CNBC, First in Business Worldwide, and SurveyMonkey, a leading global survey software company, announced the results of their first-ever @Work Survey and the first reading of the CNBC/SurveyMonkey Workplace Happiness Index. The survey is created as part of CNBC’s @Work franchise, which includes a three-part event series exploring the future of work.
Each quarter, CNBC and SurveyMonkey poll over 8,000 professionals aiming to measure how Americans feel about their jobs across five key categories – pay, opportunities for advancement, recognition, autonomy and meaning.
The first measure of the CNBC/SurveyMonkey Workplace Happiness Index is an optimistic 71 out of 100.
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Key findings from the Q1 2019 CNBC/SurveyMonkey @Work Survey include:
- 85% of respondents say they are very or somewhat satisfied with their jobs. Despite the overall optimism, only 9% of workers gave top ratings across all 5 categories of the Workplace Happiness Index. Additionally, 27% say they are not well paid and 30% have seriously considered quitting their job in the last 3 months.
- Most workers say they are keeping up with technology and innovation in the workplace, but few are blazing new ground:
• Barely a third of all workers see themselves as “ahead of the curve” on the technology front, a sense that craters among older workers. Overall, 60% say they are “about average” in their ability to keep up, while 7% get see themselves as falling behind.
• 27% of workers say technology is threatening their job.
• 71% of workers trust their direct supervisors to prepare them for changes in technology at work.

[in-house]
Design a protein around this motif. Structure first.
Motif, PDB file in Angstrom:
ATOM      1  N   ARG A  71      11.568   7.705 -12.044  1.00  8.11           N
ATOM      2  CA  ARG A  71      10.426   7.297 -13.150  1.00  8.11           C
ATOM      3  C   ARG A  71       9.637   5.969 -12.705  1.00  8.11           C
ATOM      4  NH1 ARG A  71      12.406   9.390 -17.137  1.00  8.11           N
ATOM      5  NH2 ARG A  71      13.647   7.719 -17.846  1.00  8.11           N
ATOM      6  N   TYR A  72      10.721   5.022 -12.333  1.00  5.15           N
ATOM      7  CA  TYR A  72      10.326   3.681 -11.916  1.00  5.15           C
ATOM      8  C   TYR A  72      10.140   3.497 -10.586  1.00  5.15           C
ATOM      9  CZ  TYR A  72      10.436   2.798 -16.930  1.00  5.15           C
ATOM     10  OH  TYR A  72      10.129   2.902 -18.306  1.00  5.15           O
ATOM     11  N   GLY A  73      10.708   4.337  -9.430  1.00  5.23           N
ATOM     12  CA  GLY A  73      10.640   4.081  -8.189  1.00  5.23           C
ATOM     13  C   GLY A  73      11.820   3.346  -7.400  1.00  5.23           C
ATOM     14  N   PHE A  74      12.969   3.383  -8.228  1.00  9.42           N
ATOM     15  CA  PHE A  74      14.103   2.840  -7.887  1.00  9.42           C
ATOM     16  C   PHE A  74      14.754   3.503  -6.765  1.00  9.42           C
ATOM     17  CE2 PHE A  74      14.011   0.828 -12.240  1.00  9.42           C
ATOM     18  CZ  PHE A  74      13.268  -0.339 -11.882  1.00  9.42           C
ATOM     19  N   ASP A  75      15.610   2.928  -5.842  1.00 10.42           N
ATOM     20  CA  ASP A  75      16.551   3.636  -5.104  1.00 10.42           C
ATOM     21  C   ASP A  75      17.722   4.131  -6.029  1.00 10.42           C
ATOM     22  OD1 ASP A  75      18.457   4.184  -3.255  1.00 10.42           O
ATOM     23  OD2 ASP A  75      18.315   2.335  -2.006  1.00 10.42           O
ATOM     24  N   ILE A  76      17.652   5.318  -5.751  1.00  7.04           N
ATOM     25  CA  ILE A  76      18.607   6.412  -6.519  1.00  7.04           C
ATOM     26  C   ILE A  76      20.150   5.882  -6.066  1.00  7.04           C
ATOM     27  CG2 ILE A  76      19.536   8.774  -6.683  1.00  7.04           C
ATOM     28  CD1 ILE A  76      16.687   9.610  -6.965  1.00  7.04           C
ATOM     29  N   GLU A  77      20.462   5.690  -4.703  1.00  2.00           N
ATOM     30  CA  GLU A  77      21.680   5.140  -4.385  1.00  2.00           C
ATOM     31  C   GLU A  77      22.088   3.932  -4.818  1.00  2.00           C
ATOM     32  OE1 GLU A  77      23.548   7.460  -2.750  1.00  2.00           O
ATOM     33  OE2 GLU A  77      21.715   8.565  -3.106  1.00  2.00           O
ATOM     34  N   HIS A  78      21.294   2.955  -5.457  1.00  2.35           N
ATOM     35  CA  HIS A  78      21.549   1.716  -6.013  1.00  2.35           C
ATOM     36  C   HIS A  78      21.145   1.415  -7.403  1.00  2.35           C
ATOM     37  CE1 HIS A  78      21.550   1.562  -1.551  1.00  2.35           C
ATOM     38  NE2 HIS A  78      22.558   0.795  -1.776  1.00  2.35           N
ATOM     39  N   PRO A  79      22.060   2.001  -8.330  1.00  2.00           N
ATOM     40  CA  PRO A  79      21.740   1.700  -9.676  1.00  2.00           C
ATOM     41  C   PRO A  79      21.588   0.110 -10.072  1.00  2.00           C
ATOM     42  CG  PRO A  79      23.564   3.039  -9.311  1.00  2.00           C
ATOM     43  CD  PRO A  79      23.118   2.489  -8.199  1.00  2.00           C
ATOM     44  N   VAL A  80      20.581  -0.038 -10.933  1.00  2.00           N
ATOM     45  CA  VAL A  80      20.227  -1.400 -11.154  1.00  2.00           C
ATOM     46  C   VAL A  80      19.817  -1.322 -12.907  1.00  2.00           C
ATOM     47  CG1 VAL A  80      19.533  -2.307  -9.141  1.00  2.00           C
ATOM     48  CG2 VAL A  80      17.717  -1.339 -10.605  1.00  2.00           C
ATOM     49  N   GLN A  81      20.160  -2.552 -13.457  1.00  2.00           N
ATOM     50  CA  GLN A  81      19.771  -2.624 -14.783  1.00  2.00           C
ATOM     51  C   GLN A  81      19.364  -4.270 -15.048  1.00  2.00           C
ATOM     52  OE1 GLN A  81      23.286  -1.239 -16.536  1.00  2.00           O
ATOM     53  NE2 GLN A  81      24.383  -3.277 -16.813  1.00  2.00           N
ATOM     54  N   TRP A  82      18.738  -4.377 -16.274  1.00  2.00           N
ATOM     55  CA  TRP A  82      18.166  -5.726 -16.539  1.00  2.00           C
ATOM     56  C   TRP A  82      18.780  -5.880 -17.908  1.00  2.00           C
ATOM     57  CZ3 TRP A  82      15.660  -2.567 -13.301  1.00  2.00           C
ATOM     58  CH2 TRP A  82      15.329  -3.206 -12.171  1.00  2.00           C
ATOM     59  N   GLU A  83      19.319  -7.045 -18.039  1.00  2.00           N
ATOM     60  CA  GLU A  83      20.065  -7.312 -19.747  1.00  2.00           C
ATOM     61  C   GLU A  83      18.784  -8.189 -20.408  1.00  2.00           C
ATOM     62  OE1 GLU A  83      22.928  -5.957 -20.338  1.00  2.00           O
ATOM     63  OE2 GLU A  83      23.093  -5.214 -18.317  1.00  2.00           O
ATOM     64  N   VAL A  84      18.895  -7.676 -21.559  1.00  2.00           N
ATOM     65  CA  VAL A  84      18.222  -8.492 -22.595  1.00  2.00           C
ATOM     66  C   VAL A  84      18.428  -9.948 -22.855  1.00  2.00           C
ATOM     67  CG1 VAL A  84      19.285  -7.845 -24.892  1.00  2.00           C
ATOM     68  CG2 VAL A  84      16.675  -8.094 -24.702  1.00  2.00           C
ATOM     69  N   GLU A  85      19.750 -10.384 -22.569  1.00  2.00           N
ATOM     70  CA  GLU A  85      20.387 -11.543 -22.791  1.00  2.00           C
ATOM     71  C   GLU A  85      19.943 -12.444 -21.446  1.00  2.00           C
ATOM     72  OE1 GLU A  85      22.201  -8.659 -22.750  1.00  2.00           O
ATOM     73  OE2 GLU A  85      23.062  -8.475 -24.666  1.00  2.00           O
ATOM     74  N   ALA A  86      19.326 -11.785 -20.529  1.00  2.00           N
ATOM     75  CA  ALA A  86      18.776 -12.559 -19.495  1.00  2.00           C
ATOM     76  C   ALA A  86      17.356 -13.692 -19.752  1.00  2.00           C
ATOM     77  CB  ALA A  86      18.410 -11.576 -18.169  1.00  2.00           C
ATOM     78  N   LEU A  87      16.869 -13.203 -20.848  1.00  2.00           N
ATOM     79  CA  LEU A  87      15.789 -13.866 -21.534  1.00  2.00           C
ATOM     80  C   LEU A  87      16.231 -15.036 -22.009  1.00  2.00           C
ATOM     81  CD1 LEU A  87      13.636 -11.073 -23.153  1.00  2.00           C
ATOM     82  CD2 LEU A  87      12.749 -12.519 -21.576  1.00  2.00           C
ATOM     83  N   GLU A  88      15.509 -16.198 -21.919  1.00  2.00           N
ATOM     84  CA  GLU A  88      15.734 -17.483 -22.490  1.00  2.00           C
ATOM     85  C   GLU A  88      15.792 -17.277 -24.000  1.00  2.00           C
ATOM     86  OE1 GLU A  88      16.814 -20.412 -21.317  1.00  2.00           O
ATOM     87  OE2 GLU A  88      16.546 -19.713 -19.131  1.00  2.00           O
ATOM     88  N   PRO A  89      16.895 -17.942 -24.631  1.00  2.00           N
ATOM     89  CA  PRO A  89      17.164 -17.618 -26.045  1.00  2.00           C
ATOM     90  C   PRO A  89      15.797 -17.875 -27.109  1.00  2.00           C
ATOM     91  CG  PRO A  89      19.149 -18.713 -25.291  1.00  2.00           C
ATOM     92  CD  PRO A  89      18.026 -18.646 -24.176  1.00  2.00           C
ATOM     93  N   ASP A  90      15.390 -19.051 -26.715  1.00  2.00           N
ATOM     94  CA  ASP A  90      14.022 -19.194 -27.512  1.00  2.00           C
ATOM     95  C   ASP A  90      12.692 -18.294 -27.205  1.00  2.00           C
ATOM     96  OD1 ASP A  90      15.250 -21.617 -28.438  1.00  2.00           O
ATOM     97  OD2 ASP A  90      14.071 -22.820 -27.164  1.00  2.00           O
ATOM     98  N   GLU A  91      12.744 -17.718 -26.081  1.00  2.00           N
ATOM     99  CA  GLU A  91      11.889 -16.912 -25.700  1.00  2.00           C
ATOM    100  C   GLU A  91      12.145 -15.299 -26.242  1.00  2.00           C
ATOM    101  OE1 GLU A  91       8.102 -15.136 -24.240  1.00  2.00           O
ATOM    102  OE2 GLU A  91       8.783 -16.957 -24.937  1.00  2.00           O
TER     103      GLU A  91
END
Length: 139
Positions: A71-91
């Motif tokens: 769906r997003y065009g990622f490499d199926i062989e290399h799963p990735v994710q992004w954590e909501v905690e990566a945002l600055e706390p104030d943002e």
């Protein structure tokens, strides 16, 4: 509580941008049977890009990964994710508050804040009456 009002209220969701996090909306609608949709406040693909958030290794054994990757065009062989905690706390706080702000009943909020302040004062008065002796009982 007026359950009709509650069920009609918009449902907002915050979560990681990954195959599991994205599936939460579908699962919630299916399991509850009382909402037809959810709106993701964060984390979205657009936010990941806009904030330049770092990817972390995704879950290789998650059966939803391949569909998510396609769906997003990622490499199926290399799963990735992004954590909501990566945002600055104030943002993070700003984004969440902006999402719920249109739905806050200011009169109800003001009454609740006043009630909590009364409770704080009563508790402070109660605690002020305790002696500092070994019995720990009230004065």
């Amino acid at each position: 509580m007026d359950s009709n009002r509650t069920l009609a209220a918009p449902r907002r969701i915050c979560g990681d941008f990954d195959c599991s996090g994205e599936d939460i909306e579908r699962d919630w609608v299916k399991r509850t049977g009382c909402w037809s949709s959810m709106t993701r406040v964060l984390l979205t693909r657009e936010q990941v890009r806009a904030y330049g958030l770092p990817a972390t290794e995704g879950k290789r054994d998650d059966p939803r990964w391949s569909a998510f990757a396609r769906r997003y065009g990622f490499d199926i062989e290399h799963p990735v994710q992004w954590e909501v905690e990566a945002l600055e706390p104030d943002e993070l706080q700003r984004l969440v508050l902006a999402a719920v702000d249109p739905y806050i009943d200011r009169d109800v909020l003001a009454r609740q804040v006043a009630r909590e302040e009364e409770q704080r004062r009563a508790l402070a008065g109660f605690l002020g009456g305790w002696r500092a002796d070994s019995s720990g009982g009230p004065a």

- Bosses who build trust have happier workers:
• Fully 65% of employees who don’t trust their direct supervisors to provide them opportunities to advance their careers have considered quitting their jobs in the last 3 months.
• On the other hand, just 17% of people who trust their supervisors “a lot” to advance their career have considered quitting.
- Women are less satisfied with their pay than men:
• 76% of men say they are well paid, vs. 69% of women.
• Additionally, the survey finds a smaller percentage of women in managerial, VP or c-level roles. Overall, 28% of report being managers or above, vs. 36% of men.
- When asked “what is the one change that would most improve your job satisfaction”:
• 41% say “higher salary.”
• 14% say more training or learning opportunities.
• 18% of workers who admit to being “very well paid” still say a higher salary would most improve their job satisfaction.
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“Our study clearly reveals that workplace happiness is richly nuanced. While a big majority of US workers are at least somewhat satisfied with their jobs, there are a lot of negatives when it comes to how people relate to their work,” said Jon Cohen, SurveyMonkey’s chief research officer. “Whether it’s the fact that a quarter of all young workers doubt their contributions are valued, or that 40% of all workers don’t see clear opportunities ahead, shows that simple ‘up or down’ measurements of job satisfaction never tell the whole story. If companies want to hire and retain great employees, they need to open up feedback loops to get at the ‘why’—learning what makes people happy and productive. Only through engaging in conversations at scale can managers bring meaningful change to the way their employees experience work and the workplace.”
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